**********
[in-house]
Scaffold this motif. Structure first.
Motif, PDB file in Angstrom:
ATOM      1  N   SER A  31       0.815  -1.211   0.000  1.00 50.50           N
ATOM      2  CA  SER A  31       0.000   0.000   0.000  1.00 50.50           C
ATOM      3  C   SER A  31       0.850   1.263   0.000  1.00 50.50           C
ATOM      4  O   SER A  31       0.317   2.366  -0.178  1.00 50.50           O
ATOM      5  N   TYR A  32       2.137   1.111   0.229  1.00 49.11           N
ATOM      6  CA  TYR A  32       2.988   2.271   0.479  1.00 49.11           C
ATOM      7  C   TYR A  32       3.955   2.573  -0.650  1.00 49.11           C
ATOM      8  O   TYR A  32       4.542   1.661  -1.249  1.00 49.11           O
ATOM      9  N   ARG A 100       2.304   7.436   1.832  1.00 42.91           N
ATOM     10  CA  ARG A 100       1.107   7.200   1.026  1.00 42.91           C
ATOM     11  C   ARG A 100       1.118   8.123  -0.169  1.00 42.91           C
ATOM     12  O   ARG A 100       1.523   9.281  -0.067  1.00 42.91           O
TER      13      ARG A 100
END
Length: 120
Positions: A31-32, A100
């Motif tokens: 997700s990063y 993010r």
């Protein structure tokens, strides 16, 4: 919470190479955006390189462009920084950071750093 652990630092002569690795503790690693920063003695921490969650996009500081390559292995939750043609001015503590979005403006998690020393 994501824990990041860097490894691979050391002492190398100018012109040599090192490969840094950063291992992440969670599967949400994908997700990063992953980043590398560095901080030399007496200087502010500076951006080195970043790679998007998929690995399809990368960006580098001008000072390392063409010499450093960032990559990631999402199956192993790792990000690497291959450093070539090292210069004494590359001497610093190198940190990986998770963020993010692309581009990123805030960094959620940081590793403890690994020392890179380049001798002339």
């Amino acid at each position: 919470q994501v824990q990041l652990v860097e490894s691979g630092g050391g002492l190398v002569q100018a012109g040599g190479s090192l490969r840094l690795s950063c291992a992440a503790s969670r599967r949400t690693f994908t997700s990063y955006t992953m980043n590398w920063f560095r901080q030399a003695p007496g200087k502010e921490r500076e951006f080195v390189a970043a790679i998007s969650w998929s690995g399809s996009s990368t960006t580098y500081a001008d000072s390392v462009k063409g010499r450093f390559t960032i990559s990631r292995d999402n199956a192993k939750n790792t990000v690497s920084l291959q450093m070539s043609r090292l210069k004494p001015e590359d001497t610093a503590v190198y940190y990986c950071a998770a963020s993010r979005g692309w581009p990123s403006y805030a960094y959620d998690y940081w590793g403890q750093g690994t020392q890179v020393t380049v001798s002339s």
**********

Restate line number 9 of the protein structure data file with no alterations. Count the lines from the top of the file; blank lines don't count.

ATOM      6  CA  TYR A  32       2.988   2.271   0.479  1.00 49.11           C